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Union County studying cost of restoring historic 1886 courthouse

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    Diedra Laird - dlaird@charlotteobserver.com
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    Diedra Laird - dlaird@charlotteobserver.com
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    Diedra Laird - dlaird@charlotteobserver.com

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MONROE It’s been featured in movies and TV shows and has stood as a downtown landmark for more than a century.

And now, several local history and genealogy groups hope Union County’s 1886 Old County Courthouse can be turned into a museum.

But before the county would consider such a move, it needs to see if it makes financial sense to restore the historic building’s interior. So commissioners are spending up to $75,000 to study how much the restoration would cost, County Manager Cindy Coto said.

But she cautioned that it’s too soon to say what the plan is for its long-term use. It might take about 18 months before the county sees the results of the study.

Virginia Bjorlin, president of the Union County Historical Society, said she has been advocating for a county museum for 15 years. She said it’s important for natives and newcomers alike to learn about local history.

Other historical resources in the county include the Museum of the Waxhaws, the Marshville Museum and Cultural Center, and the Dickerson Genealogy and Local History Room of the main county library in Monroe.

Bjorlin said she believes it’s inevitable the old courthouse will be converted into a museum. But given the county’s challenging financial situation, she is unsure when that will happen.

“I think it’ll come to pass,” said the 83-year-old. “I just hope I live to see the day.”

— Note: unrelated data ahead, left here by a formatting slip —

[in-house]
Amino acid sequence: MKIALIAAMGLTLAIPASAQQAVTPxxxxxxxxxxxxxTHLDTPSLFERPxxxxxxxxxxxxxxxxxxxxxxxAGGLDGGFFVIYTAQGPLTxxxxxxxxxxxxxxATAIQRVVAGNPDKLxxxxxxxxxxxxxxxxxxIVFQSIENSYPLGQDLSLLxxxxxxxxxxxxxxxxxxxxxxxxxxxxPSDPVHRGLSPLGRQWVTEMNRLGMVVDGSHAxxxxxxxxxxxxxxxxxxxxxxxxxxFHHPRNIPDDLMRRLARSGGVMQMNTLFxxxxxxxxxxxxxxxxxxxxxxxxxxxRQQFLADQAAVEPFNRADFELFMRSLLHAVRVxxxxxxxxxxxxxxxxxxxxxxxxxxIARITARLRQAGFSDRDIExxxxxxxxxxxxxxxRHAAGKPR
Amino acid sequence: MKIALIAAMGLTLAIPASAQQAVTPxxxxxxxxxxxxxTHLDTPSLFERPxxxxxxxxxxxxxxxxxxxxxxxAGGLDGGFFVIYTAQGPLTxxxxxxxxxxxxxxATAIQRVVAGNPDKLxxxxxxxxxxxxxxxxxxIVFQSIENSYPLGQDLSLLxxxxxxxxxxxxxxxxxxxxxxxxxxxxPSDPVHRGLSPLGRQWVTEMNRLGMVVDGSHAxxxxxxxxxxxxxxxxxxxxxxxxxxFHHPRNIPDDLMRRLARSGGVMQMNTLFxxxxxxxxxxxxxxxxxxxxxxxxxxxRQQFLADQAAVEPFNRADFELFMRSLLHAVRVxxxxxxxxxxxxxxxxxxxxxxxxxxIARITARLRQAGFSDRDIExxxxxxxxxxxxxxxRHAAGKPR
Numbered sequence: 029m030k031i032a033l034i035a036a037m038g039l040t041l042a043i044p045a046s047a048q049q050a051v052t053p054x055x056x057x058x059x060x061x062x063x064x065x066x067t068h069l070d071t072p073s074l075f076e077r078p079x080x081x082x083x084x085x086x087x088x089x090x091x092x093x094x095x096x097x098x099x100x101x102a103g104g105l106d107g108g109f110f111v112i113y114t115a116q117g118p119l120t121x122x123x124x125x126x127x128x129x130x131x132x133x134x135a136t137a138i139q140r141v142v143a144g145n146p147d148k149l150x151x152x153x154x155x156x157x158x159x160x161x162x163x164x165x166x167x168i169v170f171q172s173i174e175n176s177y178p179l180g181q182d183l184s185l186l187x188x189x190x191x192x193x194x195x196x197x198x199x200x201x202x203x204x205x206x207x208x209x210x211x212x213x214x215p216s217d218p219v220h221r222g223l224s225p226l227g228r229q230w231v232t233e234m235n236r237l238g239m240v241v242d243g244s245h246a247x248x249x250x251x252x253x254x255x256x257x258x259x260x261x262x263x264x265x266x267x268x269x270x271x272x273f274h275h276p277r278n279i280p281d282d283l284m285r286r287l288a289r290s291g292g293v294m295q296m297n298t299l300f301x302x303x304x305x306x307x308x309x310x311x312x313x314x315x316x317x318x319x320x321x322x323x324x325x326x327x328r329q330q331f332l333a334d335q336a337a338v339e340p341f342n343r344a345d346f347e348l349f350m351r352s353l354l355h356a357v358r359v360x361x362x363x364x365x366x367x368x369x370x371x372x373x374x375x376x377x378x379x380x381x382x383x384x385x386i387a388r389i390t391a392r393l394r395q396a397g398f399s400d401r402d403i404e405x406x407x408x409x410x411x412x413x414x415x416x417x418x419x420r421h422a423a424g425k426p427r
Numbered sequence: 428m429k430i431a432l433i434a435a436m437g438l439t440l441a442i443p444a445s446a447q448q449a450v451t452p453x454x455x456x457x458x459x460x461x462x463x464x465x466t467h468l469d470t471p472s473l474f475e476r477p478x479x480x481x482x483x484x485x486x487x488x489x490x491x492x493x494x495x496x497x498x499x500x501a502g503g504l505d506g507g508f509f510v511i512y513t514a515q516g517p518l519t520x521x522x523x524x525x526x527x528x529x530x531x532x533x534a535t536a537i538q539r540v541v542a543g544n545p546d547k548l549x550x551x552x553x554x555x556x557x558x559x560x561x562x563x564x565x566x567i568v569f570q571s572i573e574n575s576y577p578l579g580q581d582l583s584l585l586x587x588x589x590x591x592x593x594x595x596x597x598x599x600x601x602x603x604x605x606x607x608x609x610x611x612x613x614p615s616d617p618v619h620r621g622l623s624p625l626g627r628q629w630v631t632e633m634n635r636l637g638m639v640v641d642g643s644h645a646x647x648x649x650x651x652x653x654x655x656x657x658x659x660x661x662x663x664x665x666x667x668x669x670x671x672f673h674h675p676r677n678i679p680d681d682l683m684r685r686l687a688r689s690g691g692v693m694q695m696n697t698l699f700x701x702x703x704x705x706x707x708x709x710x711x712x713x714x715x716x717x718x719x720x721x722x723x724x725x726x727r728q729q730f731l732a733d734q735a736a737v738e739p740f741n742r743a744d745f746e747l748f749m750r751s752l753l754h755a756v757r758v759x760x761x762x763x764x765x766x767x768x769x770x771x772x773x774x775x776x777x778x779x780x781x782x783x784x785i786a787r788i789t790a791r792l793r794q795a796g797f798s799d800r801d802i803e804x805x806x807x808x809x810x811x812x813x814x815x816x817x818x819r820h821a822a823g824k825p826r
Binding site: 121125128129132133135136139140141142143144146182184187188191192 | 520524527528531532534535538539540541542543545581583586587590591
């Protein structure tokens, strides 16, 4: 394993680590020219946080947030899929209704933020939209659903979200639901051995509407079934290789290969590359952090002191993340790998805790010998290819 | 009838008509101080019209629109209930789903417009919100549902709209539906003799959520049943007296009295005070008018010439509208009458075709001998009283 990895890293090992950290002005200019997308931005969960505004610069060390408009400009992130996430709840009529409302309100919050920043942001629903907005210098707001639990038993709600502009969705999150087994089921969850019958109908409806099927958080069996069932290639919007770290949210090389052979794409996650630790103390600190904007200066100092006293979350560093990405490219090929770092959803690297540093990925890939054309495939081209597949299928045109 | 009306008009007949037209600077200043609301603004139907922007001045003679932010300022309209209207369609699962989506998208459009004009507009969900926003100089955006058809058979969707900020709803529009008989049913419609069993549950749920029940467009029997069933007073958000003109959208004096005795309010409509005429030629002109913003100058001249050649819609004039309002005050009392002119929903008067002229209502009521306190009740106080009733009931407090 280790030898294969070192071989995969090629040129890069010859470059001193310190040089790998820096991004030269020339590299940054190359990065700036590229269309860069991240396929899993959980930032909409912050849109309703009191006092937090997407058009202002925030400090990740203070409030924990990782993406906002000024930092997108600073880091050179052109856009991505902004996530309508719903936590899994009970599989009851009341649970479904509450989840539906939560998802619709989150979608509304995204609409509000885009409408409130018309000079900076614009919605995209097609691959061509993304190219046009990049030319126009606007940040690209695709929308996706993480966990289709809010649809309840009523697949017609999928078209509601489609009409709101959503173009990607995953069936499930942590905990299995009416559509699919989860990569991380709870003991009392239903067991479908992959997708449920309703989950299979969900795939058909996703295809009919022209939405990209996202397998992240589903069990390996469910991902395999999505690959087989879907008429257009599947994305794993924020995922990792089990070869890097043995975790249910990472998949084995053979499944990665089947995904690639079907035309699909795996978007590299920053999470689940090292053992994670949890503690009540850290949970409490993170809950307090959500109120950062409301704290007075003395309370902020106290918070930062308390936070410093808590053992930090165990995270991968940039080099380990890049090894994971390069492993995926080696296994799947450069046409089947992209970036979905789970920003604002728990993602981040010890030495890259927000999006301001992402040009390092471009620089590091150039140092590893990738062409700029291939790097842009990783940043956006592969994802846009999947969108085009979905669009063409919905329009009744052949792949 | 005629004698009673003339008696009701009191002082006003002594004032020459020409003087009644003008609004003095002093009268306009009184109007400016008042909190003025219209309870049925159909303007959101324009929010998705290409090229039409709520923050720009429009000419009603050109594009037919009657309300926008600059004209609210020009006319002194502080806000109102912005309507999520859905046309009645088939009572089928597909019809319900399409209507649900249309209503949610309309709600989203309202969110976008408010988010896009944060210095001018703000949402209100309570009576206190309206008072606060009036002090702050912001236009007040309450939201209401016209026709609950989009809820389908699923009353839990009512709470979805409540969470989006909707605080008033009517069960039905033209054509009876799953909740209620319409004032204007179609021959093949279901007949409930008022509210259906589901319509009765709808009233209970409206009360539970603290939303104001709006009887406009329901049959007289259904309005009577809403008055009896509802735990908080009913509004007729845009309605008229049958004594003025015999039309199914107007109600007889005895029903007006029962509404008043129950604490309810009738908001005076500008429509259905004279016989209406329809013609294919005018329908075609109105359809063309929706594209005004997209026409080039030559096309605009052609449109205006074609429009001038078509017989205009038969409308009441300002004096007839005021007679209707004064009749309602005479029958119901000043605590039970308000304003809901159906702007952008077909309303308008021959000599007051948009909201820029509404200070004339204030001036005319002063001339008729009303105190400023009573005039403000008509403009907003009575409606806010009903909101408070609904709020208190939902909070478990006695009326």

The clock, cross and courtroom

The Victorian-style, brick courthouse, which remains closed to the public except by appointment, still holds hidden treasures.

They include a black metal vault door – with a painting of a woman at a river on it – where the recorder of deeds once stored documents. Across the hallway, a late-18th-century grandfather clock stands in one corner.

Elsewhere sits a 12-foot-tall aluminum cross that sported blue neon when it sat atop the courthouse from the early 1950s until 1979. A group of mothers who had lost sons in World War II led the drive for the cross, which was controversial in its time as a religious symbol on a government building.

It finally came down because it was causing water damage to the clock tower, Bjorlin said. A weather vane, reportedly the original one for the building, now sits atop the courthouse.

Upstairs is an expansive courtroom, complete with wooden seats, a vaulted ceiling and painted plastic molding.

Bjorlin said the courtroom evoked the county’s segregated past, when black residents were restricted to the balcony benches, similar to scenes from the movie “To Kill A Mockingbird.”

Many changes

The building has undergone many changes over the years, including additions in the early 20th century.

In 1986, the county capped a $1.4 million renovation project that included restoring the courtroom to the way it looked in 1926.

The last county function in the old courthouse, a tax office, ended in mid-2008. The 14,280-square-foot building now hosts a heritage room containing family histories, photographs and other documents.

The adjacent county government center opened in 1972. And court operations are based in the neighboring judicial complex, which opened in 2005.

The Old County Courthouse has been seen in a number of films and made-for-TV movies, including “Blood Done Sign My Name,” with Ricky Schroeder, “Scattered Dreams: The Kathryn Messenger Story” with Tyne Daley and Gerald McRaney, and a TV movie for the BBC. More recently, it has been featured in the Cinemax series “Banshee.”

A goal for the building

At a recent county commissioners meeting, Bjorlin said the Historical Society, the Carolinas Genealogical Society in Union County and the Union County Historic Preservation Commission would like to see the building used as a museum and heritage education center.

She suggested that commissioners eventually could choose one of several ways to run the museum, which would allow for grant submissions and capital campaigns: through a county agency, a museum authority or a private, nonprofit group.

Depending on the restoration costs, there might be an opportunity for private donations to help with improvements, if the county proceeds in that direction, Coto said.

“If the (restoration) cost is too high, it will be more of a challenge to do it as a museum,” she said. “The goal is to have a facility that everyone can appreciate.”

Bell: 704-358-5696; Twitter: @abell
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